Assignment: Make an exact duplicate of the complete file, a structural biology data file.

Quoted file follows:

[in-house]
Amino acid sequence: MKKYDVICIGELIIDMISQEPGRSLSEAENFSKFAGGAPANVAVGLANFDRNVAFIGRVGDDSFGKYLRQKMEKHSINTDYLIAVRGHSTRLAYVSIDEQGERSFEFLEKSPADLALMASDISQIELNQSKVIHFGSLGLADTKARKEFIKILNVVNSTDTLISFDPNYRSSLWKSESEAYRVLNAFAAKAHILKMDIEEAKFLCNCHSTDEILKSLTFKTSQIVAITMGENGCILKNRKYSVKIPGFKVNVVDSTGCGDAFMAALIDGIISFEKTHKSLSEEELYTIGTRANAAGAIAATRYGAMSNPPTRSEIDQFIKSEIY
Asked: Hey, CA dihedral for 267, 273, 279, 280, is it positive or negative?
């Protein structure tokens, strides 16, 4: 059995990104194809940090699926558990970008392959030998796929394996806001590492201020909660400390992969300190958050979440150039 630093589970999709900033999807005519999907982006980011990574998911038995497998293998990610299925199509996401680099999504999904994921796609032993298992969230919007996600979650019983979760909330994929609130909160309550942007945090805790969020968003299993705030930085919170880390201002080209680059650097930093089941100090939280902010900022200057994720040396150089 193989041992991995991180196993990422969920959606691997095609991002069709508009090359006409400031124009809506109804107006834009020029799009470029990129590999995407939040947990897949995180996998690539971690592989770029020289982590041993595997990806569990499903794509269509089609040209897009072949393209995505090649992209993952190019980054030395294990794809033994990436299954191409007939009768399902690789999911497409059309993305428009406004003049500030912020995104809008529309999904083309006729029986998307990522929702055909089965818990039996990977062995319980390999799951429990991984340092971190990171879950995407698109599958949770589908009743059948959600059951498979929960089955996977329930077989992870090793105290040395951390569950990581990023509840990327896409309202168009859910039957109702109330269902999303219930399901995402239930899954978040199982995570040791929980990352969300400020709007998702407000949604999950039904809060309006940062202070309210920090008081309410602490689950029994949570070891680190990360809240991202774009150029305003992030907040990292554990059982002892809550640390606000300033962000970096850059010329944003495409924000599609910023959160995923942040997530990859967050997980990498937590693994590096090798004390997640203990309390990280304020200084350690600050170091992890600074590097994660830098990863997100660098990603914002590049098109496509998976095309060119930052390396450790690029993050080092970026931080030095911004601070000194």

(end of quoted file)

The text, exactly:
[in-house]
Amino acid sequence: MKKYDVICIGELIIDMISQEPGRSLSEAENFSKFAGGAPANVAVGLANFDRNVAFIGRVGDDSFGKYLRQKMEKHSINTDYLIAVRGHSTRLAYVSIDEQGERSFEFLEKSPADLALMASDISQIELNQSKVIHFGSLGLADTKARKEFIKILNVVNSTDTLISFDPNYRSSLWKSESEAYRVLNAFAAKAHILKMDIEEAKFLCNCHSTDEILKSLTFKTSQIVAITMGENGCILKNRKYSVKIPGFKVNVVDSTGCGDAFMAALIDGIISFEKTHKSLSEEELYTIGTRANAAGAIAATRYGAMSNPPTRSEIDQFIKSEIY
Asked: Hey, CA dihedral for 267, 273, 279, 280, is it positive or negative?
């Protein structure tokens, strides 16, 4: 059995990104194809940090699926558990970008392959030998796929394996806001590492201020909660400390992969300190958050979440150039 630093589970999709900033999807005519999907982006980011990574998911038995497998293998990610299925199509996401680099999504999904994921796609032993298992969230919007996600979650019983979760909330994929609130909160309550942007945090805790969020968003299993705030930085919170880390201002080209680059650097930093089941100090939280902010900022200057994720040396150089 193989041992991995991180196993990422969920959606691997095609991002069709508009090359006409400031124009809506109804107006834009020029799009470029990129590999995407939040947990897949995180996998690539971690592989770029020289982590041993595997990806569990499903794509269509089609040209897009072949393209995505090649992209993952190019980054030395294990794809033994990436299954191409007939009768399902690789999911497409059309993305428009406004003049500030912020995104809008529309999904083309006729029986998307990522929702055909089965818990039996990977062995319980390999799951429990991984340092971190990171879950995407698109599958949770589908009743059948959600059951498979929960089955996977329930077989992870090793105290040395951390569950990581990023509840990327896409309202168009859910039957109702109330269902999303219930399901995402239930899954978040199982995570040791929980990352969300400020709007998702407000949604999950039904809060309006940062202070309210920090008081309410602490689950029994949570070891680190990360809240991202774009150029305003992030907040990292554990059982002892809550640390606000300033962000970096850059010329944003495409924000599609910023959160995923942040997530990859967050997980990498937590693994590096090798004390997640203990309390990280304020200084350690600050170091992890600074590097994660830098990863997100660098990603914002590049098109496509998976095309060119930052390396450790690029993050080092970026931080030095911004601070000194």